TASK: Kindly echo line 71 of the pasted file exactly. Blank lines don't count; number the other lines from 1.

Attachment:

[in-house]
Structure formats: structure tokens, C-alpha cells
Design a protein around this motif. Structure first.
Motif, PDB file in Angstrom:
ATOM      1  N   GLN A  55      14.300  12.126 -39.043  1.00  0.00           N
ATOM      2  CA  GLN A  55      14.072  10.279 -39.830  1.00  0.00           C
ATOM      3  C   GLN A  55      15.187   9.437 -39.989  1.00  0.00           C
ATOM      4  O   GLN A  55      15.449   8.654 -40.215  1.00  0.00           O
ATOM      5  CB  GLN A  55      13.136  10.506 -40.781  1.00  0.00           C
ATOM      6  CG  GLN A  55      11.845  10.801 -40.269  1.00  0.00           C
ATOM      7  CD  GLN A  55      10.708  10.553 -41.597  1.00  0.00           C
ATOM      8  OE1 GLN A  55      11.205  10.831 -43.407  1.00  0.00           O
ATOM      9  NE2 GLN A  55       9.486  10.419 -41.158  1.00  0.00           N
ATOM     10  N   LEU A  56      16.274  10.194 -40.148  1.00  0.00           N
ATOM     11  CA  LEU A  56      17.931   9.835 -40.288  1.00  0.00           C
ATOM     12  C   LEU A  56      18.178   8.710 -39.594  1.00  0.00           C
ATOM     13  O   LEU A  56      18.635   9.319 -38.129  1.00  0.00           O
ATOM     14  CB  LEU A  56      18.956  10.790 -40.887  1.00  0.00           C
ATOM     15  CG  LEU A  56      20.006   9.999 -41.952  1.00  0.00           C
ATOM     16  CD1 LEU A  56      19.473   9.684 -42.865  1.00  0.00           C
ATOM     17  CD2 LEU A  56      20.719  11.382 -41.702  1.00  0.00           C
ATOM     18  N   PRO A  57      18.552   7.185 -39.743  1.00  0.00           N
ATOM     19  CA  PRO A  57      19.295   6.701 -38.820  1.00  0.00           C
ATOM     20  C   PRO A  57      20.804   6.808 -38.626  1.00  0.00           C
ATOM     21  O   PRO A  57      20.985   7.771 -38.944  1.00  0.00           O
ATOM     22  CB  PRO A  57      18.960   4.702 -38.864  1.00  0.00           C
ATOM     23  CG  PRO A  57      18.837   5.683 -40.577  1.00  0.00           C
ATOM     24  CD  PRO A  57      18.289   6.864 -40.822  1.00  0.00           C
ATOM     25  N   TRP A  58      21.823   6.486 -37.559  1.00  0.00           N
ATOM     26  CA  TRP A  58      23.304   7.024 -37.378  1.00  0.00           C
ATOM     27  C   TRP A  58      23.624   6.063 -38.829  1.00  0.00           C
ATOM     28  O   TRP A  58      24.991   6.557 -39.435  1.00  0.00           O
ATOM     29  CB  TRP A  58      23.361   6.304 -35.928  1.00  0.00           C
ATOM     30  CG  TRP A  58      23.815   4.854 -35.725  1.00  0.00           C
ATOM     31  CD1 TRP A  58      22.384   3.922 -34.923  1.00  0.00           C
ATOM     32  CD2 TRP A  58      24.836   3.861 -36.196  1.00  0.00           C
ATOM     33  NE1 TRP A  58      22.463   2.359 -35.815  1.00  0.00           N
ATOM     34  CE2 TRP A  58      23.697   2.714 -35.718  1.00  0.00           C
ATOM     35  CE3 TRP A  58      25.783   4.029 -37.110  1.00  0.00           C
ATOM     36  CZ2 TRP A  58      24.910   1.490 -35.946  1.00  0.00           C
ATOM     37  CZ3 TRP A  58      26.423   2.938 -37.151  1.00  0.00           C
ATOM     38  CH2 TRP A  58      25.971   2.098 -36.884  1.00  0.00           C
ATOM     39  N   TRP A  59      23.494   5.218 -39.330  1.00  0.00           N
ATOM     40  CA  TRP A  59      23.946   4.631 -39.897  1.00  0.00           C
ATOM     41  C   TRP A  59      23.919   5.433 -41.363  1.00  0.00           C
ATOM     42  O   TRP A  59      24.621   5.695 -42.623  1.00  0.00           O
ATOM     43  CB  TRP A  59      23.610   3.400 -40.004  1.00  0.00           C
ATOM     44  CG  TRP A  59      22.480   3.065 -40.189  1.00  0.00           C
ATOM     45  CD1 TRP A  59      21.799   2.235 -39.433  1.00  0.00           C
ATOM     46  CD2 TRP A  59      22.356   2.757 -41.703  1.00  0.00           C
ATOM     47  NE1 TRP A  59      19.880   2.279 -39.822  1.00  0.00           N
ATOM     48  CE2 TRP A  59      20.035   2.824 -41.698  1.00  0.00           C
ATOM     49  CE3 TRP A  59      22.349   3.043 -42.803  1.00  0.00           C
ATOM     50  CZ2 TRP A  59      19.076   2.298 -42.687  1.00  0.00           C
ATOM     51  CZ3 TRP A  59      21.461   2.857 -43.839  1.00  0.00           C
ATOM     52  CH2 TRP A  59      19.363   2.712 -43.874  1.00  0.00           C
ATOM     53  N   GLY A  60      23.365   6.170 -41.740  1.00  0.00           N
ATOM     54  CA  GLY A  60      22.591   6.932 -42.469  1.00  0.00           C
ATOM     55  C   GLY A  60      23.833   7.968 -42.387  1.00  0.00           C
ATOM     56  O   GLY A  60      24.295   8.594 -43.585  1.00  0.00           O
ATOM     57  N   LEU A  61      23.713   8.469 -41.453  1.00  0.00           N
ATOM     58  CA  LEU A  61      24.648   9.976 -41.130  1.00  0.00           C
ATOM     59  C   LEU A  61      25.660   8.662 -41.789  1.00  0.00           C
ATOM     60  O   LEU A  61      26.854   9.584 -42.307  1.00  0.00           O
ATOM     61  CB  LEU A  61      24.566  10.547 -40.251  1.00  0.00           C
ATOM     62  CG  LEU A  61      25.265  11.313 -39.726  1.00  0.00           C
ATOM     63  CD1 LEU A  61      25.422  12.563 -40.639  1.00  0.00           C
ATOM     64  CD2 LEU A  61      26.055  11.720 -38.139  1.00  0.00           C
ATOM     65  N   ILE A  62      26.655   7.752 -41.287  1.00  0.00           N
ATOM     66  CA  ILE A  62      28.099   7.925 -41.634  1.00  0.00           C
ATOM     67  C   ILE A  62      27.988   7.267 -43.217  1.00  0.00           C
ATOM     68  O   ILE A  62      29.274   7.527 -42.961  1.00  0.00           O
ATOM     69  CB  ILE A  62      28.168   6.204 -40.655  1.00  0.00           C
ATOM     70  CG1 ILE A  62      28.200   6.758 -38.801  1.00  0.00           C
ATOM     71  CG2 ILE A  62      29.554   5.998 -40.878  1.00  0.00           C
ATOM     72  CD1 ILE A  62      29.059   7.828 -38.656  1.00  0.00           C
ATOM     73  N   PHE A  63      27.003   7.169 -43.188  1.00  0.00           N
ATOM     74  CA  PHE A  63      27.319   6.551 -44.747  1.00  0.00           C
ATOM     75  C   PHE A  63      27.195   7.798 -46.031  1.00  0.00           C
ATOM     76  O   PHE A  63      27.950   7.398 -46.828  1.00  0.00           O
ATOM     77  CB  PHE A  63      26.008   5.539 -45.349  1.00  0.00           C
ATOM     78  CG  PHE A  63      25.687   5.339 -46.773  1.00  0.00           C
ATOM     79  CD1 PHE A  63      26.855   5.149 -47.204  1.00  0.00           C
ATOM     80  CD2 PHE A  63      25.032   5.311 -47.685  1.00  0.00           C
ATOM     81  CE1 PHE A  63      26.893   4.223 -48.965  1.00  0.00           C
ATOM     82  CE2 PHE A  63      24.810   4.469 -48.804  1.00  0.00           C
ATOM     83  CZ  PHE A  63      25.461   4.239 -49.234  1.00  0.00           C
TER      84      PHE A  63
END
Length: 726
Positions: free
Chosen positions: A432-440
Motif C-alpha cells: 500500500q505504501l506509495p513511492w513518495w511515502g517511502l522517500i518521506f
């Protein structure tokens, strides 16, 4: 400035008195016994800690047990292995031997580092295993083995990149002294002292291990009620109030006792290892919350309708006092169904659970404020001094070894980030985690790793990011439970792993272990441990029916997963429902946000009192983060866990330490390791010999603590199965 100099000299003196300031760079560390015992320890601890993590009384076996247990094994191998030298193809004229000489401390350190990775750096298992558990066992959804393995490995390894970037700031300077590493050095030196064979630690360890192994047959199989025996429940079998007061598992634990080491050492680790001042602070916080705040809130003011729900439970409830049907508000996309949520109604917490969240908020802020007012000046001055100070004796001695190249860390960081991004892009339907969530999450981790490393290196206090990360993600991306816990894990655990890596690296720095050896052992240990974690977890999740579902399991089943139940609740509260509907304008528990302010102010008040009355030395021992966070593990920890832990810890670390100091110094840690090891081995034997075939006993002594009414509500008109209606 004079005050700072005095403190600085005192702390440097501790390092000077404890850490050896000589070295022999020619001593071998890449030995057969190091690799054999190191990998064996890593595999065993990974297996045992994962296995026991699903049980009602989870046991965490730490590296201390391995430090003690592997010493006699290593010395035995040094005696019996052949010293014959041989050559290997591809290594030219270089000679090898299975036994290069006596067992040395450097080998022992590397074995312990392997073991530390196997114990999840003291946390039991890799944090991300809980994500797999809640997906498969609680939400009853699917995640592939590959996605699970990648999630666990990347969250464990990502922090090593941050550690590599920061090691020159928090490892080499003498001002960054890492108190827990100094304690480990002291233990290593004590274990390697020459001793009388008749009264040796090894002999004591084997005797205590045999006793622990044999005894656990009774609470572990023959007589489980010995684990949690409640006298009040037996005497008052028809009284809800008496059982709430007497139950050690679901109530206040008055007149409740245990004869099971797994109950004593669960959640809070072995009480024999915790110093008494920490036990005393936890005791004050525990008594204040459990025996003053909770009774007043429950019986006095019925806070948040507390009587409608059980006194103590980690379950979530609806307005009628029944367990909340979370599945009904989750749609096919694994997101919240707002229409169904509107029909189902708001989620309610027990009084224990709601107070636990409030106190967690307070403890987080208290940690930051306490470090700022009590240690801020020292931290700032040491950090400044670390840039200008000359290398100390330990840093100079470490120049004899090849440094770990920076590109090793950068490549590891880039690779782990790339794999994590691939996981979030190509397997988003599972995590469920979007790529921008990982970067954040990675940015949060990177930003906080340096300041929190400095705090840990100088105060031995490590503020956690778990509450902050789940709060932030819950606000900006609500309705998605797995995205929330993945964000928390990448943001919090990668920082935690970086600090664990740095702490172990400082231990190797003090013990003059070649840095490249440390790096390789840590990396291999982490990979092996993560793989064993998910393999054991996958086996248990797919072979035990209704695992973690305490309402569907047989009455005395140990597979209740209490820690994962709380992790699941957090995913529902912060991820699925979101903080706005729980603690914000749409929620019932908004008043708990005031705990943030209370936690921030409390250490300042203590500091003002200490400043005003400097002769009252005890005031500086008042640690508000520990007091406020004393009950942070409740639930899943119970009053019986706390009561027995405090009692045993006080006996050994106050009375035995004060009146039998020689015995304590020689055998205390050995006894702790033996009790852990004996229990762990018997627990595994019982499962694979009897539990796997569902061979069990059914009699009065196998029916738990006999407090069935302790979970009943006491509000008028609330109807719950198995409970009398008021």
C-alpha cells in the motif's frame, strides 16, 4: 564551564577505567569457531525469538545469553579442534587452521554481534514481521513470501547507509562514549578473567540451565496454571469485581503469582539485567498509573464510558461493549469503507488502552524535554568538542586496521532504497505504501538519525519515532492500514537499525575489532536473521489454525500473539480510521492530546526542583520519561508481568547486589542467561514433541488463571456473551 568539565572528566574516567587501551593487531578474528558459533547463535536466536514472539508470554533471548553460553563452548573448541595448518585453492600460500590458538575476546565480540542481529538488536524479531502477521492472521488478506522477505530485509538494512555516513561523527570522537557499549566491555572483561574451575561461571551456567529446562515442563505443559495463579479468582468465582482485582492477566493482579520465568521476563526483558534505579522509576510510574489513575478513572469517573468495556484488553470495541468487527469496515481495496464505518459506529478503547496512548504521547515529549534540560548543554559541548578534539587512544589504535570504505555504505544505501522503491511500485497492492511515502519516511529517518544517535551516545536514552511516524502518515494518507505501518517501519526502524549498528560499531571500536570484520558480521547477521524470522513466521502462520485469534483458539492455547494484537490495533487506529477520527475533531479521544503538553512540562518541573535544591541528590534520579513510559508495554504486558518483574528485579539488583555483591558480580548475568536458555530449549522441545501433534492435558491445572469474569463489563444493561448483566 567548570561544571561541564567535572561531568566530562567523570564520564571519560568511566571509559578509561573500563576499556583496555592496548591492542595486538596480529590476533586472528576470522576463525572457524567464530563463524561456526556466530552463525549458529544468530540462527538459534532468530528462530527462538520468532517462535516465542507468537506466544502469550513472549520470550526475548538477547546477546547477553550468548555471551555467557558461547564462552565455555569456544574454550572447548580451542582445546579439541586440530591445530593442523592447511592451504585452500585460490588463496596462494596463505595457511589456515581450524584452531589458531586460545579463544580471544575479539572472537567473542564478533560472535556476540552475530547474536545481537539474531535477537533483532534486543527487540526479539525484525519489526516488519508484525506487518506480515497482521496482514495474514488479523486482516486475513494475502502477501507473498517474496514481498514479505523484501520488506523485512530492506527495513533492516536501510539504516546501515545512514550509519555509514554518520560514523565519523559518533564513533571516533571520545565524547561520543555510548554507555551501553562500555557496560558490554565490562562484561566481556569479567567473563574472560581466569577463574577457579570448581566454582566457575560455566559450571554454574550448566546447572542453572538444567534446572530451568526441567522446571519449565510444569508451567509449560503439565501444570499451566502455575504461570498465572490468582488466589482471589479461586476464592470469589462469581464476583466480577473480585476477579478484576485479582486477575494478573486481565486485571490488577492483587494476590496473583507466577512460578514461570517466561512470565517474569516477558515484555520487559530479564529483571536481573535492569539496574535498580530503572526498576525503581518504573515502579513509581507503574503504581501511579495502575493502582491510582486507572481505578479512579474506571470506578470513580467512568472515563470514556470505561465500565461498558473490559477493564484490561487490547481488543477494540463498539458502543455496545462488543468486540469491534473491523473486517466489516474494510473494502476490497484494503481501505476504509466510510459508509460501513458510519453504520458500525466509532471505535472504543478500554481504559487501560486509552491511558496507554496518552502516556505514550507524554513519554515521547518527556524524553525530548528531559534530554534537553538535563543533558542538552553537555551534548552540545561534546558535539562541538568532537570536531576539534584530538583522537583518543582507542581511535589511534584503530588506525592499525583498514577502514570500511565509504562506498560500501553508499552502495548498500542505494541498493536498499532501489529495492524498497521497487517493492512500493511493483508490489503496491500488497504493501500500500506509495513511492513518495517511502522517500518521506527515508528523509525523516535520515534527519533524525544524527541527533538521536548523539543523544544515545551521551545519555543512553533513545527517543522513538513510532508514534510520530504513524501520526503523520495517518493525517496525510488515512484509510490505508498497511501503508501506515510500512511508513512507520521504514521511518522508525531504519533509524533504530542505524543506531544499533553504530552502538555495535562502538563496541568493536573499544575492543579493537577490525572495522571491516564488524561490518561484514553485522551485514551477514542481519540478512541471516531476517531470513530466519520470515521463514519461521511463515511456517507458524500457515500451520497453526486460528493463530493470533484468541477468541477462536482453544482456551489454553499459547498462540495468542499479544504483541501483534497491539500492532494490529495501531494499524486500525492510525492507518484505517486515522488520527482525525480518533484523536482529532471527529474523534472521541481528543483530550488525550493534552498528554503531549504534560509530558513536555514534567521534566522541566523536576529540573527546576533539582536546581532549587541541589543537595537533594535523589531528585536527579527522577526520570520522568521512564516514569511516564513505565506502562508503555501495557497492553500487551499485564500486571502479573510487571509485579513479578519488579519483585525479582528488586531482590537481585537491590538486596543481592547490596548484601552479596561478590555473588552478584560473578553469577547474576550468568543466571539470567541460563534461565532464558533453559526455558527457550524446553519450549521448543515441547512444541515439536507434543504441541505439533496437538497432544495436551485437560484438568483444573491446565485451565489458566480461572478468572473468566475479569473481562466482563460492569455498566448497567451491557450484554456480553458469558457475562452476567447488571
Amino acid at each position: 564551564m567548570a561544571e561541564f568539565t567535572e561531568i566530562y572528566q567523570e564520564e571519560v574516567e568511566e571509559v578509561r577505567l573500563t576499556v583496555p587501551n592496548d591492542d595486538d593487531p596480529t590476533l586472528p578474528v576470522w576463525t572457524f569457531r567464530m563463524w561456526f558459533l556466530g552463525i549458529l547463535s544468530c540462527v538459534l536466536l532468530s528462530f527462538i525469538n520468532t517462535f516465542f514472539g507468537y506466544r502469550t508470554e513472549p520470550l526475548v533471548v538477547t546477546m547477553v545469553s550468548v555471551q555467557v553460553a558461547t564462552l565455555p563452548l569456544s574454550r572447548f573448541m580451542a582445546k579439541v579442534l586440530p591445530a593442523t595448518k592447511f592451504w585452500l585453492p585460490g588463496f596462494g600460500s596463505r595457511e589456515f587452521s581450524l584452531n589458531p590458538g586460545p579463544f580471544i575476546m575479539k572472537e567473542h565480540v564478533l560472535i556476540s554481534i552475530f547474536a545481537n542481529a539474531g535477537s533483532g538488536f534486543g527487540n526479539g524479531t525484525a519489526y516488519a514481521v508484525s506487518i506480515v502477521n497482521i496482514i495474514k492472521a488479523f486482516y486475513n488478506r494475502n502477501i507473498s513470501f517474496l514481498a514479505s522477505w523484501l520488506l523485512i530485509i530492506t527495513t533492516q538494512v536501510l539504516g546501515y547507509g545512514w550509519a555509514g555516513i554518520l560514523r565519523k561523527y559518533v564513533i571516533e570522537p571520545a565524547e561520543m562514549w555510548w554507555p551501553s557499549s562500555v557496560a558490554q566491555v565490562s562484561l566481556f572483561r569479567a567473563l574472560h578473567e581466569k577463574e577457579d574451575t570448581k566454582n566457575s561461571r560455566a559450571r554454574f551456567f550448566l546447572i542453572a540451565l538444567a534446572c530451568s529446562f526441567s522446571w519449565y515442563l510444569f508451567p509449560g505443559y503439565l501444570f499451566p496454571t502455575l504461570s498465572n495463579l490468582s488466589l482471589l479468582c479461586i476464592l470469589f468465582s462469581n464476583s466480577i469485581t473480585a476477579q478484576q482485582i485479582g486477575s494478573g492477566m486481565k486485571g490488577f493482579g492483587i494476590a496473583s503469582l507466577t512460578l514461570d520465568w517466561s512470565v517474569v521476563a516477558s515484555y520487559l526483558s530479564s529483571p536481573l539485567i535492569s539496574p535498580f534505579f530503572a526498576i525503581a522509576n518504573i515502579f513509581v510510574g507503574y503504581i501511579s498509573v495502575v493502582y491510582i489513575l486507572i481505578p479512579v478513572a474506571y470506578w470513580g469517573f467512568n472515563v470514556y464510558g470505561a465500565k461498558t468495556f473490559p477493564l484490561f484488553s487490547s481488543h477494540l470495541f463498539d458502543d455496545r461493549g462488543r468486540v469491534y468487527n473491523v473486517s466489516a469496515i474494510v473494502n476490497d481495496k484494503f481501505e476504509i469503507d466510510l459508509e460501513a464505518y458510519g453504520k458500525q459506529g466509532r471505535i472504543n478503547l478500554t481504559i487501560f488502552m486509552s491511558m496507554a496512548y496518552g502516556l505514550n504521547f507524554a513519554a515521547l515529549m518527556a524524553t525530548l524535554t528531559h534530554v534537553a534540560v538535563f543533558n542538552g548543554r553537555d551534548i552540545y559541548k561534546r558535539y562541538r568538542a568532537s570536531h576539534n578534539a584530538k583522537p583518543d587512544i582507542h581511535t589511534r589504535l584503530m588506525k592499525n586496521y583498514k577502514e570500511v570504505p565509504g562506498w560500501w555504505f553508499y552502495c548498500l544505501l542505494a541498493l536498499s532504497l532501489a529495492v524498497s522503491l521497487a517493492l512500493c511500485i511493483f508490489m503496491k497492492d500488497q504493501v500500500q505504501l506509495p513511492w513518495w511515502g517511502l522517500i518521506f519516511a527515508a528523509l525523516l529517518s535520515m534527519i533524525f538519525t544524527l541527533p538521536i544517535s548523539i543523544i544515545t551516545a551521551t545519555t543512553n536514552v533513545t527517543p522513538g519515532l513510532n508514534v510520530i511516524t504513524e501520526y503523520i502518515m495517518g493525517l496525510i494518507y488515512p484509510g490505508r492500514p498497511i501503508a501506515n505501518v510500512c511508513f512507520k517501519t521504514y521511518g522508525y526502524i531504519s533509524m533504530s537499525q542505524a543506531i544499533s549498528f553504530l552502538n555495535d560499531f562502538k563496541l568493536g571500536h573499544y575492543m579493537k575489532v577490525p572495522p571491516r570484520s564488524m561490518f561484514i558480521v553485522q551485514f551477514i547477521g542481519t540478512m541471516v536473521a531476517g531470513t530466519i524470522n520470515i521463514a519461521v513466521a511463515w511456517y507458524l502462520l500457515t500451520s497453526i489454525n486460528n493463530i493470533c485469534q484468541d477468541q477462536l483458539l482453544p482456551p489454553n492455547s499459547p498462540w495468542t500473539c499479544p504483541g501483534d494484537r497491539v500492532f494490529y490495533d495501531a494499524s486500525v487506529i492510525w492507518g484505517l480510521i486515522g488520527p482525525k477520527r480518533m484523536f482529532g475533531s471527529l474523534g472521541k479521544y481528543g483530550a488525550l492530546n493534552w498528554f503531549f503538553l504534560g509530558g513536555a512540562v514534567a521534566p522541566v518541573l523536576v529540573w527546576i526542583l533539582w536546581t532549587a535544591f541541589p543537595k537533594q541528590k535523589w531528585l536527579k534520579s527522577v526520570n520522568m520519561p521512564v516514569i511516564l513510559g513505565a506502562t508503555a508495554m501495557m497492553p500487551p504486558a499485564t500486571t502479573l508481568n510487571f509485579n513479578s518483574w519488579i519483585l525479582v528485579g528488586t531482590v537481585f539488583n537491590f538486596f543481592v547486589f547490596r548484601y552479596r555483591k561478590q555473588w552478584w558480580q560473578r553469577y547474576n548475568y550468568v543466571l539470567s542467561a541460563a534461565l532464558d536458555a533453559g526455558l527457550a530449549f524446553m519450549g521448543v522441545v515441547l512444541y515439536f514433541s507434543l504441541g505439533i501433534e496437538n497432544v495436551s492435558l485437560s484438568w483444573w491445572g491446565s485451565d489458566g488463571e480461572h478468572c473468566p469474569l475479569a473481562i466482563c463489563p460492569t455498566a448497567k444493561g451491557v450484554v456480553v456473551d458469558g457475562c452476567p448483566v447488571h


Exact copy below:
ATOM     67  C   ILE A  62      27.988   7.267 -43.217  1.00  0.00           C